he adoption of healthcare IT as a means to improve clinical workflow processes and ultimately to improve the delivery of patient care has accelerated. I believe 2012 will be a substantial year for HIT progress on the adoption front, as well as on the innovation front — particularly as it relates to unlocking the power of patient data.
The pressures that the healthcare industry faces today are many: meaningful use, ICD-10, bringing ACOs to life, HIE and many others. In light of such pressures, there’s a movement toward embracing HIT as a way to drive positive change. The reality is, the value of HIT is now proven, among providers for enhancing clinical workflow and among healthcare C-level staff (CMIO, CIO, CFO, CEO, etc.) who are focused on running a business of high-quality care delivery in the most efficient and effective way possible.
A significant focus I see for healthcare provider enterprises in 2012 is how to better leverage value from clinical data, to ensure that what is captured and documented from the care delivery process can be accessed, understood and used to drive clinical good, business good and patient good. The answer to this challenge lies in technology.
Clinical data starts with a patient’s story, is expanded through a clinician’s story (clinical knowledge, decision-making rationale) and then in many cases is stored at a single facility for use only with that individual patient. In 2012, I believe clinical data will become more tangible and, in turn, more powerful. Not only will healthcare enterprises begin to leverage technologies to enhance the process in which clinical data is captured, but they will begin to explore and implement technologies that can enhance the way clinical data is then analyzed and put to use for a larger good.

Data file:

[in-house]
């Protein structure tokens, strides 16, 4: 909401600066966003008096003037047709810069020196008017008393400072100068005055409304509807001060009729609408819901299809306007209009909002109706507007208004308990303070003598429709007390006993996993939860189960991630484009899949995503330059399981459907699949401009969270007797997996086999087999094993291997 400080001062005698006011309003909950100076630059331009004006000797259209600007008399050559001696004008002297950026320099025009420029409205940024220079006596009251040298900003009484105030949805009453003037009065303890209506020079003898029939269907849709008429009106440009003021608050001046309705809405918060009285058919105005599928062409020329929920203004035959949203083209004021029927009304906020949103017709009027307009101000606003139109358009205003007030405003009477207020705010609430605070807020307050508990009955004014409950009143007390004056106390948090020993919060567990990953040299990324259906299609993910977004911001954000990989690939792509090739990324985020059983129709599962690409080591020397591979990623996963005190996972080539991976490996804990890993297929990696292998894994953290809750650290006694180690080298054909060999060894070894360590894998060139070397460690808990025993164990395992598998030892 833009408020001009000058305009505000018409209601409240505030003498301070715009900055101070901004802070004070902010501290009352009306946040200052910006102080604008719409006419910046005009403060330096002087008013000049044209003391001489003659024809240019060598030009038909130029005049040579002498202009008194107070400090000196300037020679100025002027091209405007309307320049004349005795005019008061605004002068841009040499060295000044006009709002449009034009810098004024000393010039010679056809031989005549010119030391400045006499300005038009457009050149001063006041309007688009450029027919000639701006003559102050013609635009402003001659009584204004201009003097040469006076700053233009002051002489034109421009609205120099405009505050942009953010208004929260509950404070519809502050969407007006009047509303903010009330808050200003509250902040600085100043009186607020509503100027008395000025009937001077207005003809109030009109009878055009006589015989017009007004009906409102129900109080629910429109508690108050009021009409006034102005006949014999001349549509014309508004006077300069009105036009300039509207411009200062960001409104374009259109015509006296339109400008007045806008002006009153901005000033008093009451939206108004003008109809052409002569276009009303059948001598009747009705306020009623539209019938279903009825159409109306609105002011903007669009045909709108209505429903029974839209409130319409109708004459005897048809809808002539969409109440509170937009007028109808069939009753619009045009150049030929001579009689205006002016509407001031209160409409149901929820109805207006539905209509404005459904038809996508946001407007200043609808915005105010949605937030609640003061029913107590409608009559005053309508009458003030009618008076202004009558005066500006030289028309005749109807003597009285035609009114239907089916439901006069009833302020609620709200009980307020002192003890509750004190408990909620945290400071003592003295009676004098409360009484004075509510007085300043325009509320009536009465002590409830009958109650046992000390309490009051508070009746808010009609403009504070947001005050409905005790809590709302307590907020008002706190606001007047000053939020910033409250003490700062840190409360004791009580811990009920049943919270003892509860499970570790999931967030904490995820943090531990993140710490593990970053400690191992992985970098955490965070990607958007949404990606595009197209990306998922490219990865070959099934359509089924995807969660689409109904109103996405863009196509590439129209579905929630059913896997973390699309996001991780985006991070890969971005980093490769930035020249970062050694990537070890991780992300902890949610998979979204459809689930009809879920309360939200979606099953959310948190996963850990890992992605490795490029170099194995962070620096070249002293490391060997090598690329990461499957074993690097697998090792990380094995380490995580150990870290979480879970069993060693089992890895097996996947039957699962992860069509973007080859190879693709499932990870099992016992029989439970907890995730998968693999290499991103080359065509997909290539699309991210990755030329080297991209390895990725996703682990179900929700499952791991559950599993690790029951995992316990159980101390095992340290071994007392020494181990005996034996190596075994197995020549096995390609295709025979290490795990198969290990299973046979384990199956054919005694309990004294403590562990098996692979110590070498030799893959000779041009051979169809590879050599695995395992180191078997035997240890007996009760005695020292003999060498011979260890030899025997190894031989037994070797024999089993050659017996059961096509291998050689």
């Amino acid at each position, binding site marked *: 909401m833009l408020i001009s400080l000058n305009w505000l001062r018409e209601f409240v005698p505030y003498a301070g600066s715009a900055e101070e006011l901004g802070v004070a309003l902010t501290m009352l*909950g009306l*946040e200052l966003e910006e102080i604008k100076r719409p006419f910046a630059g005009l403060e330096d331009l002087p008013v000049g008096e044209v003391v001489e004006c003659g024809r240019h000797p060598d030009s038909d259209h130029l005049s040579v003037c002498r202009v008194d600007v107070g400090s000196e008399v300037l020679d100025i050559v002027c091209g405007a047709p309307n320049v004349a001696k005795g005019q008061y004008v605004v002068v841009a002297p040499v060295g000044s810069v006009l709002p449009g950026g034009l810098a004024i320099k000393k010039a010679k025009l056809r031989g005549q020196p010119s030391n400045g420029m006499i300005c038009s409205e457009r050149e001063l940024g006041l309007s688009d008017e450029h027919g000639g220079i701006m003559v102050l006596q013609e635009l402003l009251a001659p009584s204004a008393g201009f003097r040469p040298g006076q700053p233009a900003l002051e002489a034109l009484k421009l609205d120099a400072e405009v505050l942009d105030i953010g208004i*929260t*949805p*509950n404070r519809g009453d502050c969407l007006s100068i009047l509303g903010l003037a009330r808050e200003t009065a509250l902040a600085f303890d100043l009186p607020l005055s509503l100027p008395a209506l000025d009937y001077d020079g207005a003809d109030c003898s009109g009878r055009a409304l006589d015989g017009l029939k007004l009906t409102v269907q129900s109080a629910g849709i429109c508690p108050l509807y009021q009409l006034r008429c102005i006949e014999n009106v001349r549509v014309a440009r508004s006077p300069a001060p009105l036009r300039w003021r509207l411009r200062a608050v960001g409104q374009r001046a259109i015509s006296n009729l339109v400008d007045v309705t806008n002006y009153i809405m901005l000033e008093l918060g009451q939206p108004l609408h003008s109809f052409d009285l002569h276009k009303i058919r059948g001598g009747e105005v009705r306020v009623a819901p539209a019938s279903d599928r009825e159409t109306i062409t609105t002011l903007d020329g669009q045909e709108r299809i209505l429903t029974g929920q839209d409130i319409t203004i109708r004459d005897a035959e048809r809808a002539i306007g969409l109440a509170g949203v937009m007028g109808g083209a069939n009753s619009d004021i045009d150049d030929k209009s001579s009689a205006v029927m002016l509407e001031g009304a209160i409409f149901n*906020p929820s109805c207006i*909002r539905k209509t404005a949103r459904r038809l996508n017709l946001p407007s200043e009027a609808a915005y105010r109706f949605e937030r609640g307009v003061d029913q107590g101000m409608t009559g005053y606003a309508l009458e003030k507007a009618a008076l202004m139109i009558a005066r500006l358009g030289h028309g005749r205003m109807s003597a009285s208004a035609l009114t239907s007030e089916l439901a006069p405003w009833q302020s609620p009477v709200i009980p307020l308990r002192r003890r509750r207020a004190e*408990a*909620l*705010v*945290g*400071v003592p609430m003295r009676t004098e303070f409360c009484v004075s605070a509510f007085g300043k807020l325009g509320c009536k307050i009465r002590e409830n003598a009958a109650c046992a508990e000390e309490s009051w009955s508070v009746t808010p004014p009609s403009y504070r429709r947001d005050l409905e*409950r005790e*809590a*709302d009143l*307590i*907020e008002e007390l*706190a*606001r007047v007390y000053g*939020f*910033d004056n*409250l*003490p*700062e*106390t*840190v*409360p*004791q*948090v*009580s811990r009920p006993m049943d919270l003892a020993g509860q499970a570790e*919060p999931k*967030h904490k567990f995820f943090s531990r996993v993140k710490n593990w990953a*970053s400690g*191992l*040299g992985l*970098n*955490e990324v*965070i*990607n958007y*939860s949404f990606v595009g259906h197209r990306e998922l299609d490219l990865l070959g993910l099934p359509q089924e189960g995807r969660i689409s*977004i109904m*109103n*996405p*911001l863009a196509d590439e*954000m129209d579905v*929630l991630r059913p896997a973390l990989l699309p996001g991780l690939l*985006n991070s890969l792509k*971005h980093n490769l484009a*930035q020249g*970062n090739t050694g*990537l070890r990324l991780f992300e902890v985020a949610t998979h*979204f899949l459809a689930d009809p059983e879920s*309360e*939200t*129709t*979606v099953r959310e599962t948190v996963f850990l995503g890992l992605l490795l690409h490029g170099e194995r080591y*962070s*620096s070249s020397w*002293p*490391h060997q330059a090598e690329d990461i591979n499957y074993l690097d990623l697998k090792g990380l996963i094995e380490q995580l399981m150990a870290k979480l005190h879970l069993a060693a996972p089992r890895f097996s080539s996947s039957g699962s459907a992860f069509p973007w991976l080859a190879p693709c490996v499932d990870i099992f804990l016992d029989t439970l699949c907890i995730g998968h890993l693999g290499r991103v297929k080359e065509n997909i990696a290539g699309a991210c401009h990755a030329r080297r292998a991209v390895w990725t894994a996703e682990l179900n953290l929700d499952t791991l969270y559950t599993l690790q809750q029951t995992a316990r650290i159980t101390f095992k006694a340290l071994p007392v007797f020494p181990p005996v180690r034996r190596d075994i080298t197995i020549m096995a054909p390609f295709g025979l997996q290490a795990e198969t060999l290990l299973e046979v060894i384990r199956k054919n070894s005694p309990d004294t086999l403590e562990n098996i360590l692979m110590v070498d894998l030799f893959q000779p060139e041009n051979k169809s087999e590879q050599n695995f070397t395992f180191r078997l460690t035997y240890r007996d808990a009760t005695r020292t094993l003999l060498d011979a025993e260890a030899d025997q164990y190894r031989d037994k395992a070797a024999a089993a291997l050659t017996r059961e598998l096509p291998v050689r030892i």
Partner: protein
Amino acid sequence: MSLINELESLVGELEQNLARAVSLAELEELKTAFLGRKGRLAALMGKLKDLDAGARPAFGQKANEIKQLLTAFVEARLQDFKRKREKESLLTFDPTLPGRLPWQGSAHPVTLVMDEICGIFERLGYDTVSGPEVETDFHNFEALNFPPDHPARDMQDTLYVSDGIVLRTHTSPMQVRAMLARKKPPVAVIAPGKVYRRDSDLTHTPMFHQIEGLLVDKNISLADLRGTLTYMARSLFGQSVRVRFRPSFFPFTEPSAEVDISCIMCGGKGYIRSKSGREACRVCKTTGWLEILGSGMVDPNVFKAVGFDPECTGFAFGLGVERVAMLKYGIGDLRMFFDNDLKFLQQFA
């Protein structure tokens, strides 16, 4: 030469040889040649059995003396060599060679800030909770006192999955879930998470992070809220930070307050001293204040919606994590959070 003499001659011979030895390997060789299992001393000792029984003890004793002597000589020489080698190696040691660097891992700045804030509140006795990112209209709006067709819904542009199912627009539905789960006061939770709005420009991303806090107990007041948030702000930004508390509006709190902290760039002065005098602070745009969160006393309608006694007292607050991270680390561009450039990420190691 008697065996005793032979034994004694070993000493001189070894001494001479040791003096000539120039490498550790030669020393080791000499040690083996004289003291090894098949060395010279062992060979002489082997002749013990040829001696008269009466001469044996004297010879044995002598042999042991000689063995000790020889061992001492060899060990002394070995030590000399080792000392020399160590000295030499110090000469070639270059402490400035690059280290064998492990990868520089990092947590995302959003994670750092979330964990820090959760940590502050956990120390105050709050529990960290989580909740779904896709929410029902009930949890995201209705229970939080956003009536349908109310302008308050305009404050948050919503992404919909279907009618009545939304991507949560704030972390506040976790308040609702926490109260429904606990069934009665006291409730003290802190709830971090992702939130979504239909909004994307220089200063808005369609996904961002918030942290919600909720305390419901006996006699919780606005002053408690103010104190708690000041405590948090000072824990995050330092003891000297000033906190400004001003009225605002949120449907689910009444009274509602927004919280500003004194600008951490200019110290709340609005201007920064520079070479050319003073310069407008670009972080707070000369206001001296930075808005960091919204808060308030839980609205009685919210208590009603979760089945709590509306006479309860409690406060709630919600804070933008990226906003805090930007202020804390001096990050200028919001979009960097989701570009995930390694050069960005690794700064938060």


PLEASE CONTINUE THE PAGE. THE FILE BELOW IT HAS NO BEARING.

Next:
There is a term that is increasingly being used across healthcare, concurrent; what it means is being able to do things simultaneously. For example, being able to concurrently search clinical data to identify patients who may be at risk while they are still in a hospital, receiving care vs. running data analysis after patients are discharged to retroactively check for compliance with various safety protocols is critical. Additionally, by automating the identification of key clinical facts, such as patients’ allergies or medications, from narrative, free-text reports and other data sources, quality and safety specialists can spend more time focusing on process improvements to drive better care and spend less time on manual chart review and the gathering data.
In 2011, many healthcare organizations laid the groundwork to receive incentive payments for Meaningful Use. Many EHR systems have been purchased and now healthcare organizations are figuring out how to implement them into the clinical workflow. This year, ICD-10 seems to be sharing center stage with Meaningful Use; in fact, it’s been estimated that 25 percent of the capacity of IT in healthcare this year will be consumed by ICD-10. Beyond Meaningful Use and ICD-10, ACO planning holds the potential to dramatically change healthcare reimbursement forever and to reduce redundant and unnecessary services. The success of all of these major initiatives relies on good clinical data -captured and used. After all, an EHR is only as valuable as the data captured within it, and accurate reimbursement can only occur when what is billed aligns with what has been documented. ACOs will only become a reality when patient data is accurate and available across disparate locations and networks of care teams. In healthcare, the focal point must continue to be the patient and I think the empowerment movement we’re seeing in patients looking to take an active role in the care process will help to further drive this home. In 2012, though, I believe the industry as a whole needs to take a step back from the EHR adoption frenzy and think about how we can come together to make patient data access, understanding and utilization a reality if we want to truly start thinking and acting smarter in 2012.